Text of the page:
IMJ Executive Director Speaks at the ALOUD series: The Annversary of the Feminine Mystique
The Feminine Mystique by Betty Friedan is one of those quintessential feminist reads that every gender studies major in college starts with, that I never read. It meticulously tracks the experiences of well-educated, middle class, white women in the fifties who had all become housewives to fulfill the American Dream. Only something very strange was happening. These women were suffering from an illness doctor’s referred to as “The Housewife’s Syndrome” an illness that left a woman completely spent after a few hours of household chores. The symptoms were similar to depression and the prescription was a series of tranquilizers that could be injected from the comfort of your home. Betty Friedan was a housewife herself at the time after a short career in journalism and she began to interview women who were “failing for no apparent reason to be good mothers and wives.” Friedan called it, “The problem with no name” and at the time, women’s magazines were selling off the wracks with articles entitled “Why he’s not happy,” “How to become the perfect wife,” “All Good Mothers Do.” Doctors and husbands, newspapers, and books all told these women that the problem was somewhere deep inside and needed to be eradicated.
When Friedan published The Feminine Mystique about the patriarchal lie women were living under it was a watershed moment for feminism. The inward inflicting shame was suddenly redirected toward the outside world fueled by a new sense of self. As the next generation of feminists began taking up the torch and the civil rights movement of the sixties started tearing down the confines of a feminism that only included white, middle class women. There was push back from Betty Friedan. The movement seemed to be catering toward a very different audience that was darker and more sexually deviant. Friedan who called self proclaimed lesbian feminists “The lavender menace,” which I personally think would make for an awesome punk band if anyone wants to join me, had trouble with the seemingly varied diluted interpretations of feminism. The notion that feminism is for everyone, including women of color and poor women was not a part of the original audience of the Feminine Mystique. With all that said, I found reading the book on it’s fiftieth anniversary for the Los Angeles Public Library panel, which I was the youngest, queerest, and brownest member complicated to say the least. Both within the book and as a panelist I struggled with feelings of my back being used as a bridge between the middle class white Feminists that still rule mainstream Feminism, with a capital “F” and the queer women of color feminists I’d organized in collectives with. Was feminism even the right banner for the multifaceted gender expressions and intersecting movements that seemed to stretch past what its predecessors had in mind? Or was it only the natural course of things to breathe life into a kind of feminism that was complex and alive?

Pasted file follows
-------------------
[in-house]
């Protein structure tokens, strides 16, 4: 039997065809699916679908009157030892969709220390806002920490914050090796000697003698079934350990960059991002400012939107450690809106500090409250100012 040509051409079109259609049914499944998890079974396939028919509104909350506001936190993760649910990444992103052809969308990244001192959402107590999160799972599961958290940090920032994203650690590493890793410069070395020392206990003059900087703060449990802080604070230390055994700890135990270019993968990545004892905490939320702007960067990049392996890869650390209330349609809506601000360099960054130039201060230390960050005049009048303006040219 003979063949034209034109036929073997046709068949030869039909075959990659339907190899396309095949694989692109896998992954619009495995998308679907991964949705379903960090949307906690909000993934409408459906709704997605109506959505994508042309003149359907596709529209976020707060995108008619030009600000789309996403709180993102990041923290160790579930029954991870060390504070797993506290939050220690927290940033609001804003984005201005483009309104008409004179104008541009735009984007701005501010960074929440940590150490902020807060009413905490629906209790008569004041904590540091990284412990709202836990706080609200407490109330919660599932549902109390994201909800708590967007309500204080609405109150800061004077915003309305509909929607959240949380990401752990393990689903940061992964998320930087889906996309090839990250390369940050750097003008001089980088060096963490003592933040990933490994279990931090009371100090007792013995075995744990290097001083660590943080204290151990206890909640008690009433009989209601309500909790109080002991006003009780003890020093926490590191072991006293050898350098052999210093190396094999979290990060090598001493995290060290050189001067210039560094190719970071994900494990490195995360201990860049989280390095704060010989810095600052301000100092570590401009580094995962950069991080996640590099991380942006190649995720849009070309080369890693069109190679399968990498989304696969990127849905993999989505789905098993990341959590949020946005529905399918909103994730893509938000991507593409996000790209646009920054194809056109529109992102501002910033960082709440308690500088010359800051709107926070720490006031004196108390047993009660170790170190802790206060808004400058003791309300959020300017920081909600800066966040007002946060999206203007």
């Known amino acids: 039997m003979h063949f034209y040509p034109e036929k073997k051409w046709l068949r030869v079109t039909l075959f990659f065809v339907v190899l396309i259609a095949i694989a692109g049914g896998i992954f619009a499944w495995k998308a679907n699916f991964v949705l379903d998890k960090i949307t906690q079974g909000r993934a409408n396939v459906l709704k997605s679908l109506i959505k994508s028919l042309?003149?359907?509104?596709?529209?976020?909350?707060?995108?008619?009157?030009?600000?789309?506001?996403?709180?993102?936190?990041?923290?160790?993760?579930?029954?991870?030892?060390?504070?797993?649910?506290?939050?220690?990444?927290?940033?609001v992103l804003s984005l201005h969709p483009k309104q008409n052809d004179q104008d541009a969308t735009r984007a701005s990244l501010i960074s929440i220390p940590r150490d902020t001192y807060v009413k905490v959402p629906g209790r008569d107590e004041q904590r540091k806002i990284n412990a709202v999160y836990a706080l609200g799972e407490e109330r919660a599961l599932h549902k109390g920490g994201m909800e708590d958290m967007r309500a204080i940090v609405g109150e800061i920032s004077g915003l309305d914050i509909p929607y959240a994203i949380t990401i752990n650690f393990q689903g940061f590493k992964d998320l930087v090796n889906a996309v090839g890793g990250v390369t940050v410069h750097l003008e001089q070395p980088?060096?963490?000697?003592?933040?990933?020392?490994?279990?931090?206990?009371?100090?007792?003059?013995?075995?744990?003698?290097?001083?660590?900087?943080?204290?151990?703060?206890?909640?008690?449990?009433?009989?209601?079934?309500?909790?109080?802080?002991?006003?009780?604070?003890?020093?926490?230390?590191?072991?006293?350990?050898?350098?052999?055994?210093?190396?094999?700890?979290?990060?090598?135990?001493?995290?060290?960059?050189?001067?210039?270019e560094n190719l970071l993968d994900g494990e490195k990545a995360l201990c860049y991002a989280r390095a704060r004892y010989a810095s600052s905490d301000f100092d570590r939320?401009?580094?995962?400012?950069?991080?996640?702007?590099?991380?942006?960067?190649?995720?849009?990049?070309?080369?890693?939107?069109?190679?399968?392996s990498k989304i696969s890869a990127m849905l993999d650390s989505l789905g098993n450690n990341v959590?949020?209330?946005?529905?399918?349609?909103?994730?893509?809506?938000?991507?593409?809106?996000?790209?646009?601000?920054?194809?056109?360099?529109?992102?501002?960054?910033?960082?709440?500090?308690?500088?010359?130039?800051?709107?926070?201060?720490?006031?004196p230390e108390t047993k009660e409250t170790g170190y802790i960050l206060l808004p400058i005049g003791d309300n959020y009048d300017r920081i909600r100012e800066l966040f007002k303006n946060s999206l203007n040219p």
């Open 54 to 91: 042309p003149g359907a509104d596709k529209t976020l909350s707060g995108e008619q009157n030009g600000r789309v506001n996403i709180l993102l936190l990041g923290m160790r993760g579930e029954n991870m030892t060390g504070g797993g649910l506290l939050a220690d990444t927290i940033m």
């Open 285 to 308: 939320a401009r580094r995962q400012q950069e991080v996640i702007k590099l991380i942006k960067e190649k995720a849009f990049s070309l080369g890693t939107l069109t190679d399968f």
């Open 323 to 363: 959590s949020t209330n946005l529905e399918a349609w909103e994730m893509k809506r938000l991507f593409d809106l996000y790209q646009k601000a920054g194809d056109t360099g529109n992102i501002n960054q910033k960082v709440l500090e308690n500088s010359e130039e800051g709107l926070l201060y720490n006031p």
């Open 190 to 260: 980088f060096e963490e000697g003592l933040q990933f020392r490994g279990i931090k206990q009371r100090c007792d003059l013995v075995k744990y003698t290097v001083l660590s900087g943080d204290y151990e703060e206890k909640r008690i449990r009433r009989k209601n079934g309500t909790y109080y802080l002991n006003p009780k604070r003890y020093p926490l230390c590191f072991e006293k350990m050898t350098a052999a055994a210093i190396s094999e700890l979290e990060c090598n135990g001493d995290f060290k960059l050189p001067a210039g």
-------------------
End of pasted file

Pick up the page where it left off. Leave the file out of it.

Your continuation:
How could I speak on this panel honoring the 50th anniversary of the feminine mystique when I wasn’t even sure I liked the book? Would I end up being that loud mouthed woman of color on the panel who acted as the counter point to the argument that this book was our feminist bible? Was that why I was asked to speak in the first place? As the rapid fire questions and fears blurted out their concerns, I walked towards the grand central library. Inside I met the other panelists for the first time. There was the moderator, Amy Parish, a biological anthropologist professor at USC, the University I had attended as an undergraduate, Hannah Rosin, Author of “The End of Men,” whom I had recently seen on the Daily Show, Katherine Spillar, Executive Director at the Feminist Majority Foundation, the most influential feminist organization in Los Angeles and Carol Downer, Reproductive Justice Activist and author of “A New View of A Woman’s Body,” the book we use to teach the imMEDIAte Justice girls anatomy. My stomach felt like it was dropping to my knees. Why was I here? What was I going to contribute to this important discussion on a panel of “today’s brightest cultural, scientific, and political luminaries” according to the Library Foundation of Los Angeles’ website? To make matters worse, I spotted three of my film school professors in the audience. I had specifically not told any of my friends about this panel because I didn’t want anyone I knew to see me tank. But as the house lights dimmed and the moderator stepped up to the podium, the little voice that had gotten me the four blocks from my downtown apartment to the library that day said, “You got this!” and so I did not run off the stage. I tried to shake the nerves to speak honestly and stay grounded. Check out the podcast to see how the conversation unfolded:
Podcast of the ALOUD Series: The Feminine Mystique 50 Years Later